Scientific name: Diospyros Mespiliformis
It is most commonly found on savannas or savanna woodlands where it can be found growing on termite mounds. As they live on dead organic matter the termites don't eat the living wood. Jackalberry wood is almost termite-resistant after it has been cut down.
Grows very tall, up to 80 feet, with a trunk circumference of 16 feet. The average tree only reaches heights of 15 to 18 feet. The trunks grow straight and high, with the first spreading branches growing far above the ground. The mature trunks from older and heavier trees have fluted, flattened ridges along the trunk which strengthen them.
The bark is dark brown when young, turning dark grey as the tree matures, with a rough texture, forming deep horizontal grooves. They have a dense, dark green and spreading crown. The single leaves are elliptical in shape, up to 5,5 inches long and 3 inches wide with smooth or slightly wavy edges. Older leaves have a glossy, leathery look, darker green above and a lighter green below.
The fleshy fruit is oval, almost round in shape and about 1 inch in diameter and yellow or yellow-green in colour. Two to six wrinkled seeds can be found inside the fruit. The skin is tough but the edible fruit has a chalky, floury consistency with a lemon-sweet flavour. They can be eaten fresh or preserved. They are also dried and ground into flour.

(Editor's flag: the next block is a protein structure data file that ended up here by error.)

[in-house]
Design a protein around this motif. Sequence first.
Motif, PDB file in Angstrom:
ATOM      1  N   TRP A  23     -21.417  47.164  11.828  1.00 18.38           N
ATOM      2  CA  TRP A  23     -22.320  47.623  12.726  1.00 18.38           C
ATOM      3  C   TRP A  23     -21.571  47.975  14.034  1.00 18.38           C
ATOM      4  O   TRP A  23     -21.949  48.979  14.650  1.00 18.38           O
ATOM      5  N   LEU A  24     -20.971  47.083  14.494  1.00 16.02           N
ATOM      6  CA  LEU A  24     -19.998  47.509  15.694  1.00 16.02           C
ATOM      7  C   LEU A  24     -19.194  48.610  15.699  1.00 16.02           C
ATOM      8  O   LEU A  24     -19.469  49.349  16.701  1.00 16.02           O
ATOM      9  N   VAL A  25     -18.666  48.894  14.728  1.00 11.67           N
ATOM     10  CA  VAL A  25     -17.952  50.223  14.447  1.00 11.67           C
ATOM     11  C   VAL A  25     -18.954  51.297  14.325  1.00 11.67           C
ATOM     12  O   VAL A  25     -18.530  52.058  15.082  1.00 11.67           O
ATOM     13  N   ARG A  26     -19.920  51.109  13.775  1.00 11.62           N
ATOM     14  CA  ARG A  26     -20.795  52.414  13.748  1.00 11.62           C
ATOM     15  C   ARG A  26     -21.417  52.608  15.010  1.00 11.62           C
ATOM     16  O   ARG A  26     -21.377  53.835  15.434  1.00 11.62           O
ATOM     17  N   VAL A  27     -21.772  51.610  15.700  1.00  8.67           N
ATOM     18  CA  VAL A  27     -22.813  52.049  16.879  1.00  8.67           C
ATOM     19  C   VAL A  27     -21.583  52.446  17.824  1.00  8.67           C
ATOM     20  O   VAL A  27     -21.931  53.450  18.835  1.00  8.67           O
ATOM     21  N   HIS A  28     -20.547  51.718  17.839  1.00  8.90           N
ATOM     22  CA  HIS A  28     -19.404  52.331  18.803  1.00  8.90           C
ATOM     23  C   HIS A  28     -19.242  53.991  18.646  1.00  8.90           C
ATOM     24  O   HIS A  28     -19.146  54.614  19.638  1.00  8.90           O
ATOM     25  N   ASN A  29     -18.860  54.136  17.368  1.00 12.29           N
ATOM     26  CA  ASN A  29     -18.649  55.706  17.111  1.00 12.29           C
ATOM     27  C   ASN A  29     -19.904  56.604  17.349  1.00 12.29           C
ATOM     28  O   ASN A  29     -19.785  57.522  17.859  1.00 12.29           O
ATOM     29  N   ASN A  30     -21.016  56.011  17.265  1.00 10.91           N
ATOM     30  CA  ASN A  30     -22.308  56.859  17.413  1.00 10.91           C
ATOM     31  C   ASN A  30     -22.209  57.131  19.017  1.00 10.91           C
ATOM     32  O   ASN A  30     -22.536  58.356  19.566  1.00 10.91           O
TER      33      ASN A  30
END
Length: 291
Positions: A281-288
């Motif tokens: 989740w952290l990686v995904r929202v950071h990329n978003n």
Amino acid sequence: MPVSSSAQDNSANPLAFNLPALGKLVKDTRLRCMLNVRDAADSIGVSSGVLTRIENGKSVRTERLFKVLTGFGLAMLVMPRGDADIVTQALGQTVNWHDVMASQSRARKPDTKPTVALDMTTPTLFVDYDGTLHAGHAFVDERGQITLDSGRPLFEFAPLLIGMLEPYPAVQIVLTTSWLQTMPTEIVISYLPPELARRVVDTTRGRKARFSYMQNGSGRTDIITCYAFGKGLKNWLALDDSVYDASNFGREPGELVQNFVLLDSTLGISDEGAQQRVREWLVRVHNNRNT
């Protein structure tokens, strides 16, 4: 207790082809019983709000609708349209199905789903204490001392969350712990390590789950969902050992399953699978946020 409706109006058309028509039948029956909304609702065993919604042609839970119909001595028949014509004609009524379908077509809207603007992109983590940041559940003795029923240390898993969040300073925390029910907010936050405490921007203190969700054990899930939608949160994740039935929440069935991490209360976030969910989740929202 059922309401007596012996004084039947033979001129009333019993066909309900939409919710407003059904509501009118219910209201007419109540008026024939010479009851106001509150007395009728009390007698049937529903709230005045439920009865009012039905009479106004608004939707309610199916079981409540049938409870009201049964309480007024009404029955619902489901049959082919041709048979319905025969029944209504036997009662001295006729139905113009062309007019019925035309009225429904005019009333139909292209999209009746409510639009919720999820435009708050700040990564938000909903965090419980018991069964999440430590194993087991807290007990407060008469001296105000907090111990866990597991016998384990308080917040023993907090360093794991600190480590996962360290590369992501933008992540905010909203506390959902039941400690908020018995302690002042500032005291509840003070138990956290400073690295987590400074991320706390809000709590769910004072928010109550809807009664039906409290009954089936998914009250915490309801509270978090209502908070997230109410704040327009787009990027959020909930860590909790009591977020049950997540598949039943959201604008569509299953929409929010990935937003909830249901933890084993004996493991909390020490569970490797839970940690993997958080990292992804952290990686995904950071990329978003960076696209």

Tannin is present in the leaves, bark and roots, and acts as an astringent that helps stop bleeding. The tree is known to have antibiotic substances that help heal wounds. A mixture made from the roots is used to get rid of parasites like ring worm, and dysentery and fever. It is also considered a remedy for leprosy.
The heartwood is fine-grained and good for floors, high quality furniture and pestels. The trunks are used to make canoes and the seeds are often eaten as nuts. Fruits are often used to brew beer or fermented for wine. Fruit and plant parts contain tannin.
The fruit of the Jackalberry tree is a favourite of many animals. Animals such as nyalas, impalas, warthogs, baboons and hornbills to name a few, love to eat the fruit of the Jackalberry. It got its name because the Jackalberry seeds are also found in the dung of jackals. The leaves are eaten by elephants, rhinos, giraffes, buffaloes, and kudus. The larvae of the bushveld emperor butterfly also eat the leaves of this tree.